Let me introduce myself. My name is Mark Sisson. I’m 63 years young. I live and work in Malibu, California. In a past life I was a professional marathoner and triathlete. Now my life goal is to help 100 million people get healthy. I started this blog in 2006 to empower people to take full responsibility for their own health and enjoyment of life by investigating, discussing, and critically rethinking everything we’ve assumed to be true about health and wellness...Tell Me More
It’s been a concept I’ve been focusing on the last few years now—applying it to my life and contemplating how it fits with (and indeed underscores) the Primal Blueprint philosophy. The fact is, I’ve never wanted to see the PB as only a means to a smaller waistline and more defined musculature. I’ve ultimately hoped for it to evolve into a guide for what I’d consider the good life. And what do we think of when we think of the “good life”? Beyond any personal material whims, the crux of most people’s answers usually hover around ideas of ease, balance and happiness. Compare that with the images we’re often shown to illustrate accomplishment (health or otherwise): razor focus, dogged effort, staunch insistence. Anyone else see the disconnect here? Do we really need to throw ourselves into exacting standards and maniacal will to achieve anything of substance? I think not. So let me say a few words on behalf of caring less.
It seems so counterintuitive: choose to be less concerned about something, experience more success with it as a result. But I’ve seen it play out time and again. Over the years I’ve met many people who badly wanted to lose weight, get fit, look a certain way, change careers, win friends or stress less. These people often couldn’t stop thinking about what they wanted—they applied the objective to every endeavor and had grand visions of what it would be like to finally get what they dreamed of. But they were sometimes the least likely people to achieve their goals.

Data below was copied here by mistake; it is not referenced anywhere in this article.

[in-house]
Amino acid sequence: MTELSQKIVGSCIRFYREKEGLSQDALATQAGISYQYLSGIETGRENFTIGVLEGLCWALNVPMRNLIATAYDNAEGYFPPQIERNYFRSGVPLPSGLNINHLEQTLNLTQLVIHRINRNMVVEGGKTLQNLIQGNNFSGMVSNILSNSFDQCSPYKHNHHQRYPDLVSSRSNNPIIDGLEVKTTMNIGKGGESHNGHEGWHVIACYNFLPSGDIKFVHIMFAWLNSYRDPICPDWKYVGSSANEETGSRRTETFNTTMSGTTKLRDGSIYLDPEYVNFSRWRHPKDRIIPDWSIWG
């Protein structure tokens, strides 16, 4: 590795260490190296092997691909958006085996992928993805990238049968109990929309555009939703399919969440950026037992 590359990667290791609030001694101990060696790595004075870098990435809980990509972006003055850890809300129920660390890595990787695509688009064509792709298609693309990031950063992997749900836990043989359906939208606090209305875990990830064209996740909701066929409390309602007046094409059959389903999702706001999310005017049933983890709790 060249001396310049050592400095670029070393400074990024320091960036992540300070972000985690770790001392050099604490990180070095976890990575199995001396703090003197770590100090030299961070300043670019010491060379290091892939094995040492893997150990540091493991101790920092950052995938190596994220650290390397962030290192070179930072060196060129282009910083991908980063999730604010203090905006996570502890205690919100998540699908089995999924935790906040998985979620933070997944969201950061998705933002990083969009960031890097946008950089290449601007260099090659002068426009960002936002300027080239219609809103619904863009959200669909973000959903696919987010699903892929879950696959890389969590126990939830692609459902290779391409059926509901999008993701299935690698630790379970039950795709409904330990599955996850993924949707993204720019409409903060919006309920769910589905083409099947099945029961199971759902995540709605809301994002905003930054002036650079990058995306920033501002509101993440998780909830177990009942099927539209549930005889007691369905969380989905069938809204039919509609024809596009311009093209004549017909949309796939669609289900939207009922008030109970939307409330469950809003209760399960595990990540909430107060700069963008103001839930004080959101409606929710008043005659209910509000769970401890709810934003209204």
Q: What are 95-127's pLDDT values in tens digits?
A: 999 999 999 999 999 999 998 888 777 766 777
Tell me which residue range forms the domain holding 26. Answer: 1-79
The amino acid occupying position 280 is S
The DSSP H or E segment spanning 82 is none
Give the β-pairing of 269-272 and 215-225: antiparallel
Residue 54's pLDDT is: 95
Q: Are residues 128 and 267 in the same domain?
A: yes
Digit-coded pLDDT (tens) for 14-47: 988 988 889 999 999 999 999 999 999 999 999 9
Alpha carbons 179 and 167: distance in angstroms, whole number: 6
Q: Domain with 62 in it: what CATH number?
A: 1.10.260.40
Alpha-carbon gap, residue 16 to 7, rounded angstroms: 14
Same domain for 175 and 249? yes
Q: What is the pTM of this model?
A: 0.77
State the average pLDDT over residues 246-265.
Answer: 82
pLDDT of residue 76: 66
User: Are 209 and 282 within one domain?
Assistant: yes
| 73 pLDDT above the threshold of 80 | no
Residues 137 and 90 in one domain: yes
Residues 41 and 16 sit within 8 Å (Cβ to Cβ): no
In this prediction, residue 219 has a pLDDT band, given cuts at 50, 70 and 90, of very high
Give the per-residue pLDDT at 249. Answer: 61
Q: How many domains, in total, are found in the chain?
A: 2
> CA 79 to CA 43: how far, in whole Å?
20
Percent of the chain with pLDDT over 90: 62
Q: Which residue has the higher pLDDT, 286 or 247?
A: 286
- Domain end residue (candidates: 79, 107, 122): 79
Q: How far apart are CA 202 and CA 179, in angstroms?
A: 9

On the other hand, I’ve met industrious folks who approached their goals with less mental effort and ended up attaining (and maintaining) the most success.
You see, the question of investment can be key, and it can be more complex than we might imagine. There’s practical investment of course. But in getting healthy (for instance), we transition to new logistical practices in our diets, exercise and lifestyle. We go to sleep earlier. We take supplements, get outside each day, make sure we get sun, etc. It’s the footwork. It might take us a while to implement things in a way that works for us, but getting the basics of Primal health isn’t overly complicated.
Then there’s emotional investment, which can encompass everything from our general motivation level, to our willingness to change, to our expectations once we’ve achieved our goal. For instance, if we’re looking to lose weight, we commit to making choices that will keep us on track toward our goal. We prioritize that commitment, knowing we’ll need to give up or modify some elements of our daily schedule, social life or family meals. We consider what compromises would be helpful and where consistency will matter most for our success.
But sometimes thoughtful, measured investment can move into less productive territory. Our practical decisions to shift our diets can demand unreasonable amounts of thinking and planning. We can restrict ourselves again and again to a more and more narrow selection of food. We can lengthen or regiment our workouts with an obsessive insistence on exacting, precise efficiency. We may be run by the clock to achieve just the right bedtime or other preordained activity.
Likewise, we can move beyond prioritizing our health to making it our singular fixation. We continually surrender more time and events with people or activities we enjoy to feed the vision we have for our health. We put our goals on a high pedestal, envisioning that, once we achieve them, life will finally be what we always wanted. We will no longer be plagued by self-doubt or have to tolerate our perceived physical flaws anymore.